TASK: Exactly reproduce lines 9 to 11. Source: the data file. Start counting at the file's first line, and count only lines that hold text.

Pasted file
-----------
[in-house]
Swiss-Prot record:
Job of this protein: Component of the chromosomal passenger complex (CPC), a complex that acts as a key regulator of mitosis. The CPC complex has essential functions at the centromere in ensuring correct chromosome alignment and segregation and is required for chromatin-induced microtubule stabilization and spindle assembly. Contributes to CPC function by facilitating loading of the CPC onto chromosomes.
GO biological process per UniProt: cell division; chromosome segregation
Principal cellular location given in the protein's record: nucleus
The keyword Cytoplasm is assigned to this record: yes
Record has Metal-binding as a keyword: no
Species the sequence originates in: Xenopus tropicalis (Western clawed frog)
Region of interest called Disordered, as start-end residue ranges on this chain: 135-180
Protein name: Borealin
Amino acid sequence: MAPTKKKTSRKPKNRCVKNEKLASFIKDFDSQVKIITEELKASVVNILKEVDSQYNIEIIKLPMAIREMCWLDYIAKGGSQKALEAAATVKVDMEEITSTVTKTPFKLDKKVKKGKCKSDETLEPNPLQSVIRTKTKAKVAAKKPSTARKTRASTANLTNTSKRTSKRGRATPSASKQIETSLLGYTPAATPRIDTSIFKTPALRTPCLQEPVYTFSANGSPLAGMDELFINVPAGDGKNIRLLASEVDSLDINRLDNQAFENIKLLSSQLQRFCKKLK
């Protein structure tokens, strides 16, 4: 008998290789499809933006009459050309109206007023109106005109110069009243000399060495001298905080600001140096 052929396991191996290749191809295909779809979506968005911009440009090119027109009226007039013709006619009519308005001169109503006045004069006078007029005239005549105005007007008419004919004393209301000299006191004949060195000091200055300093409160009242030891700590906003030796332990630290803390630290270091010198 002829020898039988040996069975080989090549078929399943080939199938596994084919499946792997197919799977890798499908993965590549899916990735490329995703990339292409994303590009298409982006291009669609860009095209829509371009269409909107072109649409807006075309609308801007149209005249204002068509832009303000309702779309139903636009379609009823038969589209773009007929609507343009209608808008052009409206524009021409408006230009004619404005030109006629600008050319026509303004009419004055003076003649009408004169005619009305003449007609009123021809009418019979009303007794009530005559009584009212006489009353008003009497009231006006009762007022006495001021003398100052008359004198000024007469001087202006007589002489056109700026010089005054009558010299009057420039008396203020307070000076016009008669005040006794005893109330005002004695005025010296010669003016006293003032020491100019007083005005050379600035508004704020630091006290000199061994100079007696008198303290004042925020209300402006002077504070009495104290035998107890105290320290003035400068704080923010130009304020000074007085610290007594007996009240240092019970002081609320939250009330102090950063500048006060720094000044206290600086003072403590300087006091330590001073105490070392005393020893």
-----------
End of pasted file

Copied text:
Region of interest called Disordered, as start-end residue ranges on this chain: 135-180
Protein name: Borealin
Amino acid sequence: MAPTKKKTSRKPKNRCVKNEKLASFIKDFDSQVKIITEELKASVVNILKEVDSQYNIEIIKLPMAIREMCWLDYIAKGGSQKALEAAATVKVDMEEITSTVTKTPFKLDKKVKKGKCKSDETLEPNPLQSVIRTKTKAKVAAKKPSTARKTRASTANLTNTSKRTSKRGRATPSASKQIETSLLGYTPAATPRIDTSIFKTPALRTPCLQEPVYTFSANGSPLAGMDELFINVPAGDGKNIRLLASEVDSLDINRLDNQAFENIKLLSSQLQRFCKKLK